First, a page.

NYC: institute school associated, 24/7 online therapists for high schools

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Each year, 44,965 Americans die by suicide. A considerable amount of these Americans are teenagers who are living through one of the most pivotal years of their lives. 

According to USAtoday,"The suicide rate for white children and teens between 10 and 17 was up 70% between 2006 and 2016."

  • "Experts and teens cite myriad reasons, including spotty mental health screening, poor access to mental health services and resistance among young men and people of color to admit they have a problem and seek care. Then there's the host of well-documented and hard to solve societal issues, including opioid-addicted parents, a polarized political environment and poverty that persists in many areas despite a near-record-low unemployment rate."

Especially in a modern world like today, high schools and environments where pressure and societal norms are prominent can take a toll on a young teenager who may not know how to cope with stress; it is only a breeding ground for depression that can and will only worsen without any attention or help. As teens go through immense amounts of stress, whether it be about home environments, stress from peers, school, friends, or relationships, these are not things that should remain hidden in the heads of students. None will ever know that perhaps one day one emotionally unstable teen will find that there is no other way to cope with their stress than suicide, and this is something that should be addressed across the country, even if it starts small, in NYC.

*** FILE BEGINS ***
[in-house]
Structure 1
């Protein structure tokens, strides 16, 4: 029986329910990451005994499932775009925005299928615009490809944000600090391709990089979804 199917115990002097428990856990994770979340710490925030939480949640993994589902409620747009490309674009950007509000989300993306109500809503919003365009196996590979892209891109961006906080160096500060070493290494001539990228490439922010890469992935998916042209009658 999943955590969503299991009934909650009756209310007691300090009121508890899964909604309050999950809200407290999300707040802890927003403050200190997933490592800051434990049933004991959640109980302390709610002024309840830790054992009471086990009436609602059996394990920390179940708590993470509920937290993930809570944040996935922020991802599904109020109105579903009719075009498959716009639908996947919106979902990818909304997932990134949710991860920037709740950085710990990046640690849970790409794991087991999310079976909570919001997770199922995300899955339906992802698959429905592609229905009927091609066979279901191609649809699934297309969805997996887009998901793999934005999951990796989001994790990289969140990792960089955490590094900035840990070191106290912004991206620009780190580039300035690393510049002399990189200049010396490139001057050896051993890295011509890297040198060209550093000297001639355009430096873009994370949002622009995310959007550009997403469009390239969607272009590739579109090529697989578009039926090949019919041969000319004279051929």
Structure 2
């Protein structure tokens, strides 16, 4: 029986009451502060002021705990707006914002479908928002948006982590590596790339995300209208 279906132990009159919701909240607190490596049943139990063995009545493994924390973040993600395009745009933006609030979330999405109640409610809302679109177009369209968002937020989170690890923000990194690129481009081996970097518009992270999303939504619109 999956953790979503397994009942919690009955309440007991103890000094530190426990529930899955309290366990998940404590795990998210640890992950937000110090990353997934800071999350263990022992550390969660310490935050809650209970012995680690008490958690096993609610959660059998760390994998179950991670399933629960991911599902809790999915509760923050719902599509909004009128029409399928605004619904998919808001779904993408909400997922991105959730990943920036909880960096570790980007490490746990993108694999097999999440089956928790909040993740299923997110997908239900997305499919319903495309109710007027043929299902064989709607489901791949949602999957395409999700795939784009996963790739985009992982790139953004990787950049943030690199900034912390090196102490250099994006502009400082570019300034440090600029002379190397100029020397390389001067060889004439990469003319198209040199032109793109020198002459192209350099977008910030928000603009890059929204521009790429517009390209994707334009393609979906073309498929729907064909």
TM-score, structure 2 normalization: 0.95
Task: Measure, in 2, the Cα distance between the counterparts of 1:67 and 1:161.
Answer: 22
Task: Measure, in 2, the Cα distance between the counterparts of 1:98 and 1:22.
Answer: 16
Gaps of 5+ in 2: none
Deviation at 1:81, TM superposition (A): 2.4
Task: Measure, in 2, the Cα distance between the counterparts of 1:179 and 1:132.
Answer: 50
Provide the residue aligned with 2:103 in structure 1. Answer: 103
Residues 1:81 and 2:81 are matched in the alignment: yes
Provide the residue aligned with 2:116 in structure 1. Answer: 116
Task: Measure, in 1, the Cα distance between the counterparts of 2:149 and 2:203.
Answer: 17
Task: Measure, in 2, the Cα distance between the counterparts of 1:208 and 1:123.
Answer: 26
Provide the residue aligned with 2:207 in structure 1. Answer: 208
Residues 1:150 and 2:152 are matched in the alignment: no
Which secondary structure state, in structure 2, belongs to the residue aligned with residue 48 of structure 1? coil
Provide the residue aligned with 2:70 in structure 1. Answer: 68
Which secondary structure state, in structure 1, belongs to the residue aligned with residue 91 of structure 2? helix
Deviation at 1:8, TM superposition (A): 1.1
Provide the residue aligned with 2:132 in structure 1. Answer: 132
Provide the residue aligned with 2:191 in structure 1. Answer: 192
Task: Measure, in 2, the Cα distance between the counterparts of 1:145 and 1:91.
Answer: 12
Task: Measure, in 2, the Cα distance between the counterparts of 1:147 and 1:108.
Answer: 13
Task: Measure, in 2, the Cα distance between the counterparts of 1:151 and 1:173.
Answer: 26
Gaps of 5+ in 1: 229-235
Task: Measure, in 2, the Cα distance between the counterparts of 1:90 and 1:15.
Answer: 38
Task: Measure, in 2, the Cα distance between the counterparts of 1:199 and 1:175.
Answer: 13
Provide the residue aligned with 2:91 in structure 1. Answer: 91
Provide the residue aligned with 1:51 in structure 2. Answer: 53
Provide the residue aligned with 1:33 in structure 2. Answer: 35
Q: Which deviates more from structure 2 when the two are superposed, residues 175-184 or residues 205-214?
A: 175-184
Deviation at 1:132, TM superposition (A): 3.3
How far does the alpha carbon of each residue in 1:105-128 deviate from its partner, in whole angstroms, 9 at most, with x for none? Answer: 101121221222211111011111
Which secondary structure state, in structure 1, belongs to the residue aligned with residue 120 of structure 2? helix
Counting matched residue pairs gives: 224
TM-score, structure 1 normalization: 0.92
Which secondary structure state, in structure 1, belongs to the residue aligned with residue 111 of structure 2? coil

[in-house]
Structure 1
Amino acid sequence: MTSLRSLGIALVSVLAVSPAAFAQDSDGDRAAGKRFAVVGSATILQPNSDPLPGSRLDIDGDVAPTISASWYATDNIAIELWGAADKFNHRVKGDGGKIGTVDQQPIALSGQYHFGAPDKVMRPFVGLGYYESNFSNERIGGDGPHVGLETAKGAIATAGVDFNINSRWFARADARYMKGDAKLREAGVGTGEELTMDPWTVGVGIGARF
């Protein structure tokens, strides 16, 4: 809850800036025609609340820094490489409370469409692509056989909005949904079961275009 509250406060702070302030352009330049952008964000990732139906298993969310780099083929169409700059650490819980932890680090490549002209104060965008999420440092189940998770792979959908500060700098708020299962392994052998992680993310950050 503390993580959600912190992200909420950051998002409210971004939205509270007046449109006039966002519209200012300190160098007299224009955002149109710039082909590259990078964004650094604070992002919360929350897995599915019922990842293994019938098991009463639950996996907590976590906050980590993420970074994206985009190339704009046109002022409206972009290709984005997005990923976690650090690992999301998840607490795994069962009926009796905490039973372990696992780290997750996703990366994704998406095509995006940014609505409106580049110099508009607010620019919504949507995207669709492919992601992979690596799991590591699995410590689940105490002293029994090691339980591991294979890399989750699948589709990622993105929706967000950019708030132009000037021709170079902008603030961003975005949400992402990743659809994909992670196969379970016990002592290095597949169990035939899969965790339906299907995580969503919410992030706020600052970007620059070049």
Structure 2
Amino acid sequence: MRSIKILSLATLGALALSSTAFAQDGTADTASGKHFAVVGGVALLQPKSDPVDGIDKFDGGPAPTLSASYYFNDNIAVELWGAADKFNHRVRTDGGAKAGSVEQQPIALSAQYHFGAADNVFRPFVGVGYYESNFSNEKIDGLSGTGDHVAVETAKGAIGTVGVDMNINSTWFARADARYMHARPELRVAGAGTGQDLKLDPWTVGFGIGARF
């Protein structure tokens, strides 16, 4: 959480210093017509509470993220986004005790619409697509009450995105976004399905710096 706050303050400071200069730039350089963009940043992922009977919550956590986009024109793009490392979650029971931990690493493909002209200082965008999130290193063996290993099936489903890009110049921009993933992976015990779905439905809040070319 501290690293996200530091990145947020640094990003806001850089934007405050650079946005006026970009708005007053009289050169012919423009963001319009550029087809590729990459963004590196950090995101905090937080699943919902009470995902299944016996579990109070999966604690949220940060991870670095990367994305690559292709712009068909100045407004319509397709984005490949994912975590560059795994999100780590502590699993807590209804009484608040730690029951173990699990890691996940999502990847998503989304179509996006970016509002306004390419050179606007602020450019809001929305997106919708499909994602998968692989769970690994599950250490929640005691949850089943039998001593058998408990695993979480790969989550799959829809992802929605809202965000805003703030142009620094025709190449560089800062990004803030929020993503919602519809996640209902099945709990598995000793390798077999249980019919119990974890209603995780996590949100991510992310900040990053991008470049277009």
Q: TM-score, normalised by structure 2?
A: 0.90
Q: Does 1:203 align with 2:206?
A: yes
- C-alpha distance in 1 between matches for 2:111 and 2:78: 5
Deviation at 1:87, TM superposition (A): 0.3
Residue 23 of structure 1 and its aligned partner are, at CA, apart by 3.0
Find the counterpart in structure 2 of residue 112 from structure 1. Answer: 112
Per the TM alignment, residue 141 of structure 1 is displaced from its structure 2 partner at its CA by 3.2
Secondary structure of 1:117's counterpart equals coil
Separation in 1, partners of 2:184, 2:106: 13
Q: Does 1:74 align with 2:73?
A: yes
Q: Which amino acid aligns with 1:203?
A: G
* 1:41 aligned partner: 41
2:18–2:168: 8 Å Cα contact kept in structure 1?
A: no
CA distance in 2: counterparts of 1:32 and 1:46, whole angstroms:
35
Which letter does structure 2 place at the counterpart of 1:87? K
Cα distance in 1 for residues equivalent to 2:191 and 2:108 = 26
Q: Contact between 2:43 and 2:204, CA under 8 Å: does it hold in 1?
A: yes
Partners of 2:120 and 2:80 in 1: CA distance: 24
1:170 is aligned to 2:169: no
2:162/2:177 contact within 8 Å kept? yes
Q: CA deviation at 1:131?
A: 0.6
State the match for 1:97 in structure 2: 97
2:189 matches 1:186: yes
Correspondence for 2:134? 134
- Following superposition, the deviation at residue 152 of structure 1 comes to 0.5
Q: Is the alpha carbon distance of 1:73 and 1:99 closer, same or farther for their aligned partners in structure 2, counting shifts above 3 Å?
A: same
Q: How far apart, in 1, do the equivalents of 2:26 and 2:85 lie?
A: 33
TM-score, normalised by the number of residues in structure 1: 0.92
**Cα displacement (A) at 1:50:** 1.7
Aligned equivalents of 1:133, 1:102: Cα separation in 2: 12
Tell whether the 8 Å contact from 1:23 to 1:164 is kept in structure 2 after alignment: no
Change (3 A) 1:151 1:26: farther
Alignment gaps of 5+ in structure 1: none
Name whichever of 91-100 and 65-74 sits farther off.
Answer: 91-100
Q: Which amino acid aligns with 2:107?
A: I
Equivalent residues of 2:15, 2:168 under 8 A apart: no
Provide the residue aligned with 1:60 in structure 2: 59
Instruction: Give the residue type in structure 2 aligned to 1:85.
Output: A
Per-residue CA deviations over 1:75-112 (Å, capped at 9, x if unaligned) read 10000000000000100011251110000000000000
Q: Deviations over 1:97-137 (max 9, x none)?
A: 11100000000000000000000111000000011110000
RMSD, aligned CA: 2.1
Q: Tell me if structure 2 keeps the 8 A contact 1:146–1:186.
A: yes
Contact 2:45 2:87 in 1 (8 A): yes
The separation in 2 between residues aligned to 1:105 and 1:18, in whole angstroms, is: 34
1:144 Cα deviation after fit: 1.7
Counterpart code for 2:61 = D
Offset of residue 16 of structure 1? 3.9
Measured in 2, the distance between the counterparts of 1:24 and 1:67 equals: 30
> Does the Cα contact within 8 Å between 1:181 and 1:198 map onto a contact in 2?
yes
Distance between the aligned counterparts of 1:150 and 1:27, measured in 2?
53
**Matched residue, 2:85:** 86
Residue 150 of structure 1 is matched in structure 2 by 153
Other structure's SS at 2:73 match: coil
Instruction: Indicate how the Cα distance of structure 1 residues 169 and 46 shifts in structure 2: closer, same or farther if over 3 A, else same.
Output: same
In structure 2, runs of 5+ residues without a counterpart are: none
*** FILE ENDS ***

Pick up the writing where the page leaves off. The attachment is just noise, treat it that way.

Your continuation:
If the DOE can take the time over the years to attempt to institute a more reliable and professional means of coping mechanisms for students unable to withstand stress, many lives can be saved, and the hundreds of lives lost to suicide in America can be lowered. Along with this, other states can potentially follow in line with, at the very least, providing a better means of help if school associated therapists are not an option in their school.